Still, Ms Jong is generally wonderfully readable, and she is also clever. It’s a pity that her book, which began as required writing, looks unlikely to become required reading in our institutions of learning. Ms Jong puts a severe strain on the good will of other disciples of Augustanism when she launches her plot by imagining the sexual humiliation of Alexander Pope, ‘the Immortal Poet (but Mortal Man)’. ‘He had made fair Headway against my Maidenhead, whilst speaking of God’s great Plan and the Mighty Laws of Nature,’ but Fanny’s virtue is spared, for twenty minutes or so, by Pope’s lamentable performance in bed.
The insult would be gratuitous, if Ms Jong’s great writers were introduced merely for the purpose of name-dropping, or for the perfunctory scene-setting that used to occur in costume films (‘Good morning, Dickens.’ ‘Good morning, Thackeray’). In fact, her relations with them are more interesting than that, and somehow, through all the book’s other preoccupations, she manages to keep in view its status as an imitation. Imitation is, of course, an 18th-century mode. Fanny, who aspires to become a writer, models herself upon Pope and upon Pope’s models, the ancients. There is also good precedent in the mid-century Neo-Classicist Winckelmann for her observation, when reflecting on the style of Swift, that great artists cannot be slavishly copied. Sure enough, Erica Jong creates a fictional vehicle that is never allowed to become dependent on any particular precursor. Fielding is nearest, but Fielding’s admirers could fault her style for one or two Americanisms, some bad verbal jangles, and not much elegance of phrasing. It is, in fact, enough for her purposes that she mimics Fielding’s formal lay-out, and that her prose, with its capitalised nouns and liberal use of apostrophe, approximately evokes the 18th century. Her generation graduated about the time that the literary critics W.J. Bate and Harold Bloom began to meditate on the trials imposed on the modern writer by too much ancestry – the burden of the past, the anxiety of influence, and the artistic necessity of misreading old art in order to make new art. Ms Jong is hell-bent on misreading, and on writing the novel the 18th century did not.
This True History is that of Fanny, who cannot be an imitation of Tom (because he is a man) or of Fanny Hill (a man’s idea of a woman). As she begins to tell her story, Fanny reflects on the problem she faces: that it’s hard to envisage a heroine when there’s no great woman to act as model. Woman, in the hands of male authors, is an embodiment of virtue or an embodiment of vice, so that Fanny seems clearly predestined to figure as the latter. In fact, we think we know her history already because we know her two 18th-century prototypes, Hogarth’s unforgiven whore Moll Hackabout, who is seduced and at last brought to a salutary end, and Cleland’s forgiven whore Fanny Hill, whose ‘sugar’d tale’ ends improbably in middle-class marriage.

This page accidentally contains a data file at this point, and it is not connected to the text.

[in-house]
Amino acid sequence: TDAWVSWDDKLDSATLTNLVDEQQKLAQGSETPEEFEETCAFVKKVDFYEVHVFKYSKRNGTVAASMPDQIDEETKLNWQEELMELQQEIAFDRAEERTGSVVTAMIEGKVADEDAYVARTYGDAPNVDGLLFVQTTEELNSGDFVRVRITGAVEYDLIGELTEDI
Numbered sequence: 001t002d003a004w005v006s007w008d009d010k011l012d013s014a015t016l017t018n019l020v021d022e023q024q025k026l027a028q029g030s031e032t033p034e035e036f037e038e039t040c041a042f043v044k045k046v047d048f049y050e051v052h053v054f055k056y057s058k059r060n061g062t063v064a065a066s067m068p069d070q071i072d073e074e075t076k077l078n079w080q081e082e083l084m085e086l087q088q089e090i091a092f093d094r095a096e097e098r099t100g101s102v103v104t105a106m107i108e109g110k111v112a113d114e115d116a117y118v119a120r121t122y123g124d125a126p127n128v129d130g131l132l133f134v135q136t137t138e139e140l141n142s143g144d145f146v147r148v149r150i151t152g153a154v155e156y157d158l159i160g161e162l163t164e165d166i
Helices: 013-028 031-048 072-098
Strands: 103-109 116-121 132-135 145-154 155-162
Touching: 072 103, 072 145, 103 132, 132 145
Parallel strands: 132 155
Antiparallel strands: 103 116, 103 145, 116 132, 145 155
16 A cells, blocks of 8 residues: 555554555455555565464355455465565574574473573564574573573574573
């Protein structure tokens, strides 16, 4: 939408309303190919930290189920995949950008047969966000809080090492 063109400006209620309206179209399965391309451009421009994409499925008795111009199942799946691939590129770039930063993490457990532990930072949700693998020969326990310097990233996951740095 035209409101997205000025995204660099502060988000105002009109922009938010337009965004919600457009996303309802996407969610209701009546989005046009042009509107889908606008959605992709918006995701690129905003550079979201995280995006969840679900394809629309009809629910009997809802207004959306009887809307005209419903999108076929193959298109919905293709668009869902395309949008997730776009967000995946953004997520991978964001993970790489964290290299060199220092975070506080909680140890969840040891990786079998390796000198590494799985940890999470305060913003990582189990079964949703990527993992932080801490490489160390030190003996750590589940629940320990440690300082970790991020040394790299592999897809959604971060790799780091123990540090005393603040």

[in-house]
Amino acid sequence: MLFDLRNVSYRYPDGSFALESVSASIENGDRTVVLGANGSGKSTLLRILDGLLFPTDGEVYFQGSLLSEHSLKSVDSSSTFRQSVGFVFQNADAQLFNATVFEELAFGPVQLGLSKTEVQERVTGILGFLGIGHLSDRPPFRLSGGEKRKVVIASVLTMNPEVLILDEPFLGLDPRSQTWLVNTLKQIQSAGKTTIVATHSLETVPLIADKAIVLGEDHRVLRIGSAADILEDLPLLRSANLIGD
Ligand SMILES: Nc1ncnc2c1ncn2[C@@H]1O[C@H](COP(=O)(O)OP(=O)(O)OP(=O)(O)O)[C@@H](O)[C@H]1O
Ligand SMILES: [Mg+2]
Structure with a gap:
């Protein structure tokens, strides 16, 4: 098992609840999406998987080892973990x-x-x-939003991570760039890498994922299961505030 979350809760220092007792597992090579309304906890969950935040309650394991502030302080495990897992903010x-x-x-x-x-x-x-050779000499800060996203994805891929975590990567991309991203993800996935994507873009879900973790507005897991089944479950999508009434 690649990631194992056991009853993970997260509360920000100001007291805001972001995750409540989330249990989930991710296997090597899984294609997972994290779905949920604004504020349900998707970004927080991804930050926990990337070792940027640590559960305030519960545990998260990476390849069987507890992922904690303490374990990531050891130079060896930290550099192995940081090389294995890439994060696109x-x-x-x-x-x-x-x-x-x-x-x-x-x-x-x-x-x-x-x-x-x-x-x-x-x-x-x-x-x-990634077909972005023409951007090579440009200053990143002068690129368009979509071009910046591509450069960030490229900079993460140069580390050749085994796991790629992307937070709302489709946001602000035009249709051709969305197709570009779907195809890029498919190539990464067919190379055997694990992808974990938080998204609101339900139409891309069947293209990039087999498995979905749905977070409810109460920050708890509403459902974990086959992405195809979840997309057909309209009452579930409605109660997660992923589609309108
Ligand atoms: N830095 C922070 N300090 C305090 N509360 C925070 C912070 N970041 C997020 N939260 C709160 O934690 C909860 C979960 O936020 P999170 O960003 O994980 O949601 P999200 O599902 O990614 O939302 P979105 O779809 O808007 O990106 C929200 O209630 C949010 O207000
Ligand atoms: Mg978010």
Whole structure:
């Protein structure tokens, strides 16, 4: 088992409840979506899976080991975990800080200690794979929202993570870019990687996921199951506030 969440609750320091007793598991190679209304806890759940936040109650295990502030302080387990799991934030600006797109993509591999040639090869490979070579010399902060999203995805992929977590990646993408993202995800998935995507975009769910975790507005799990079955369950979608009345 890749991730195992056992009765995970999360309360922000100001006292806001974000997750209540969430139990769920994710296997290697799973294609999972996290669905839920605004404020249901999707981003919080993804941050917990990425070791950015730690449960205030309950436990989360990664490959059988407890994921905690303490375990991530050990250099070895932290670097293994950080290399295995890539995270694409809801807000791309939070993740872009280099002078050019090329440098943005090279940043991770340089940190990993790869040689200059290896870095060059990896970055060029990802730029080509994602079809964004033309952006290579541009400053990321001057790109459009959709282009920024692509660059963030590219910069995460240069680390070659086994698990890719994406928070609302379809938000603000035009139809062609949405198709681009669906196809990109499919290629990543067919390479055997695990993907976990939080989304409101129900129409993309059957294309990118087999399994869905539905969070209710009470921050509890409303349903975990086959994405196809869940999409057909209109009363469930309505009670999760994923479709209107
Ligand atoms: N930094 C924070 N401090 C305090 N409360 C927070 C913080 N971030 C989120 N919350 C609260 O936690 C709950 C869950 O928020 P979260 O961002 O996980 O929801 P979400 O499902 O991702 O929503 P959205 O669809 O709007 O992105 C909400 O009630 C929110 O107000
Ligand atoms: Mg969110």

Recent feminist criticism has begun to focus on the problem of the 18th-century heroine. In a modish study of French and English novels, The Heroine’s Text, Nancy K. Miller speculates indignantly on the motives of male authors in humiliating their heroines – having them raped, punishing their sexual indulgence, or, equally patronisingly, rewarding them for their sexual abstinence. Ms Jong sets out, more genially, to appropriate the Heroine’s Text for women. After visiting upon Pope some of the accumulated vengefulness of the modern feminist movement, she concentrates on kindlier possibilities, alternative models of heroism, which means in practice that her novel allocates most of the wit and the effectiveness to underdogs. The characters who get things done include a male horse (not the one observed by Swift), a middle-aged witch, a homosexual highwayman, the female pirate, and two black former slaves, one of whom (male again) ranks with Fanny as the novel’s best-educated character. The patriarchs, the peers and the captains are not just ill-intentioned: they have also cunningly been drained of enterprise.
Horatio the black ex-slave is named after his mentor Horace, whom he is fond of quoting in the original Latin. It is the amiable Horace rather than the harsh Juvenal who presides over the book as a comic genius. Another source of inspiration is Rabelais, whose style is evoked in the alphabetical list of synonyms by which the highwayman teaches Fanny the vulgar connotations of her name:
‘It means the Fanny-Fair,’ says Lancelot, ‘the Divine Monosyllable, the Precious Pudendum, the Chearful Cunnus (in Latin, that is, as our Friend Horatio could tell us), an’ in French. l’Autre Chose. O ’tis the Aunt, the Arbor, the Attic, the Bath o’ Birth, the Belle Chose, Best-Worst Part (accordin’ to Dr Donne), the Bit o’ Fish or the Bit o’ Mutton (dependin’ on whether ye are a Meat-Eater or no), the Bottomless Pit, the Bower o’ Bliss, the Brown Madam. ’Tis likewise the Earl o’ Rochestor’s Bull’s Eye, an’ Shakespeare’s Circle (the little o to his great wooden one) ...’
One cheering detail among the novel’s many is the incidental revelation that Lord Bellars and his mistress are maintaining a frank correspondence about their sundry amours. Ms Jong has prepared the ground for a sequel, approximately in the manner of Les Liaisons Dangereuses, and there’s no reason why its characters should ever leave dry land.